Luv,
    Love, Legs x
    'Make a life out of what you have, not what you're missing'
  • stickywicket
    stickywicket Member Posts: 27,719
    edited 30. Nov -1, 00:00
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    barbara12 wrote:
    DD Hornets are worse than wasp....they are very aggressive when disturbed...mind you so am I.... :o

    Barbara I’m shocked :shock: . I’ve seen you in a whole new, scary, light :o:wink:

    Webmanager and Legs – thank you. I’m still not sure I’ll manage to distinguish, particularly as I’m pretty sure not all varieties of bee would match your mugshot, Legs, but we have our own insect-catcher - an old sieve and a bit of cardboard permanently to hand in the summer to ease the lot out of our conservatory. Webmanager, I shall ensure that the bit of cardboard now bears the instructions ‘bees - your way: flies - the other’.
    If at first you don't succeed, then skydiving definitely isn't for you.
    Steven Wright
  • barbara12
    barbara12 Member Posts: 21,281
    edited 30. Nov -1, 00:00
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    webmanager wrote:
    Hi all
    felt I had to reply to this as my hubby is a beekeeper lol. The very black and yellow ones with yellow legs and probably in your house at the moment are queen wasps who have overwintered in your house. The warm weather will bring them out to go and set up a new nest outside. They will not really be a problem then untill August when all wasps gorge on sugar which is why they come into the garden then. Up until then they are useful to gardeners as they eat aphids.
    Honey bees are the same kind of shape as a wasp but softer yellow and brown or very dark brown, some of them can be almost black with very little yellow. They are presently working like mad to build up nectar and honey stores for the new bees that the queen is laying. Bees will attack only as a last resort and will always fly towards the light if they are inside. They are in decline and we need them :cry:
    There are also big bumble bees that look like they shouldn't be able to fly at all and solitary bees who live in little holes and a very smalll indeed.
    Anyway thank you for thinking about the bees my hubby will be so happy
    Best Wishes :)
    Thanks for that...I do hate to think that people kill Bees..or anything come to that...like you say they work so hard.....must say we went to our local garden centre the other day...and it was full of bumble Bees...it was lovely watching them going from flower to flower...
    Love
    Barbara
  • barbara12
    barbara12 Member Posts: 21,281
    edited 30. Nov -1, 00:00
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    lindalegs wrote:
    I've got an insect catcher which doesn't kill them you just trap them and release outside.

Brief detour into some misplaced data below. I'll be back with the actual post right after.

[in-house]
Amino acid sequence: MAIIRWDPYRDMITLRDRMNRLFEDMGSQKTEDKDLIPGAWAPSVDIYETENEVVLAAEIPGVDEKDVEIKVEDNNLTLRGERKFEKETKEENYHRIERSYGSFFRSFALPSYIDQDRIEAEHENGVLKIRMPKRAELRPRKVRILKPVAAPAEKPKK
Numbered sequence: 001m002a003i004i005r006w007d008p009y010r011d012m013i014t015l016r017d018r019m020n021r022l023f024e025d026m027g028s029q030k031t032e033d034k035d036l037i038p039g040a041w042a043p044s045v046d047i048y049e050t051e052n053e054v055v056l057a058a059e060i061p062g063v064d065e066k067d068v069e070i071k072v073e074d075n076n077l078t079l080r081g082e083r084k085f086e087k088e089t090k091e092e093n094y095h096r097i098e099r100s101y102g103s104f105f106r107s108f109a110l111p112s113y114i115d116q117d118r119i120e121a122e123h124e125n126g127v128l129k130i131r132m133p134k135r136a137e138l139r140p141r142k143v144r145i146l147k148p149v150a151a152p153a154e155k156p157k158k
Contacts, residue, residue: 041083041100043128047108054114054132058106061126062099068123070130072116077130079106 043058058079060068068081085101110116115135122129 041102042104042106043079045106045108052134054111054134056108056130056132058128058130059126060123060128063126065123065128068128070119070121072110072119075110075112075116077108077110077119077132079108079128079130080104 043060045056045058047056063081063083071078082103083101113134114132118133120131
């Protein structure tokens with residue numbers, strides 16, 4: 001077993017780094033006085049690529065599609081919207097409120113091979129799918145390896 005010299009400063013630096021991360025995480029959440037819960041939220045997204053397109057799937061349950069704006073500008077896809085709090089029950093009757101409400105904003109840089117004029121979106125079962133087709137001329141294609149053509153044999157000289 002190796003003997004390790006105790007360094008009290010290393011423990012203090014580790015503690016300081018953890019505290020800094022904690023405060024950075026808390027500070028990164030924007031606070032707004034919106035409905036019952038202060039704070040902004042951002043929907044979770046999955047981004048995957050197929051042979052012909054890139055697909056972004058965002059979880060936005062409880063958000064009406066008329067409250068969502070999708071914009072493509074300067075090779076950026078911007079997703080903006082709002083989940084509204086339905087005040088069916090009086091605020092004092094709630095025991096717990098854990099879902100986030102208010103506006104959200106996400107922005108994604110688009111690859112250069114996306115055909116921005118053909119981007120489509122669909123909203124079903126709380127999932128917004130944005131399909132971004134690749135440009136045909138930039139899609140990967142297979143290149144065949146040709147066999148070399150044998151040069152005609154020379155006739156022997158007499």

FlyCatcher-1.jpg
    Luv,
    Thanks legs I think I might treat myself to one of these....urh just thought of something I really dislike...bluebottles ...dirty beggers... :x
    Love
    Barbara
  • dreamdaisy
    dreamdaisy Member Posts: 31,520
    edited 30. Nov -1, 00:00
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    And don't they squish awful yellow stuff when you get 'em? (Bluebottles, that is, not bees. Never squish bees.) And Sticky, I agree with you - that IS a whole new side to our lovely Barbara! DD
    Have you got the despatches? No, I always walk like this. Eddie Braben
  • barbara12
    barbara12 Member Posts: 21,281
    edited 30. Nov -1, 00:00
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    dreamdaisy wrote:
    And don't they squish awful yellow stuff when you get 'em? (Bluebottles, that is, not bees. Never squish bees.) And Sticky, I agree with you - that IS a whole new side to our lovely Barbara! DD
    Just ask my hubby... :oops: :shock: :lol:
    Love
    Barbara
  • dreamdaisy
    dreamdaisy Member Posts: 31,520
    edited 30. Nov -1, 00:00
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    Legs, I do apologise, I forgot my manners. :oops: Thank you for the illustrations, they were most helpful. DD
    Have you got the despatches? No, I always walk like this. Eddie Braben
  • stickywicket
    stickywicket Member Posts: 27,719
    edited 30. Nov -1, 00:00
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    barbara12 wrote:
    dreamdaisy wrote:
    And don't they squish awful yellow stuff when you get 'em? (Bluebottles, that is, not bees. Never squish bees.) And Sticky, I agree with you - that IS a whole new side to our lovely Barbara! DD
    Just ask my hubby... :oops: :shock: :lol:

    You even squish your husband :shock: ? Who is this wicked woman impersonating our lovely Barbara?
    If at first you don't succeed, then skydiving definitely isn't for you.
    Steven Wright
  • lululu
    lululu Member Posts: 486
    edited 30. Nov -1, 00:00
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    Excellent Sticky that is the best laugh for ages and did I read that someone I think it was DD crunches wasps I prefer Walkers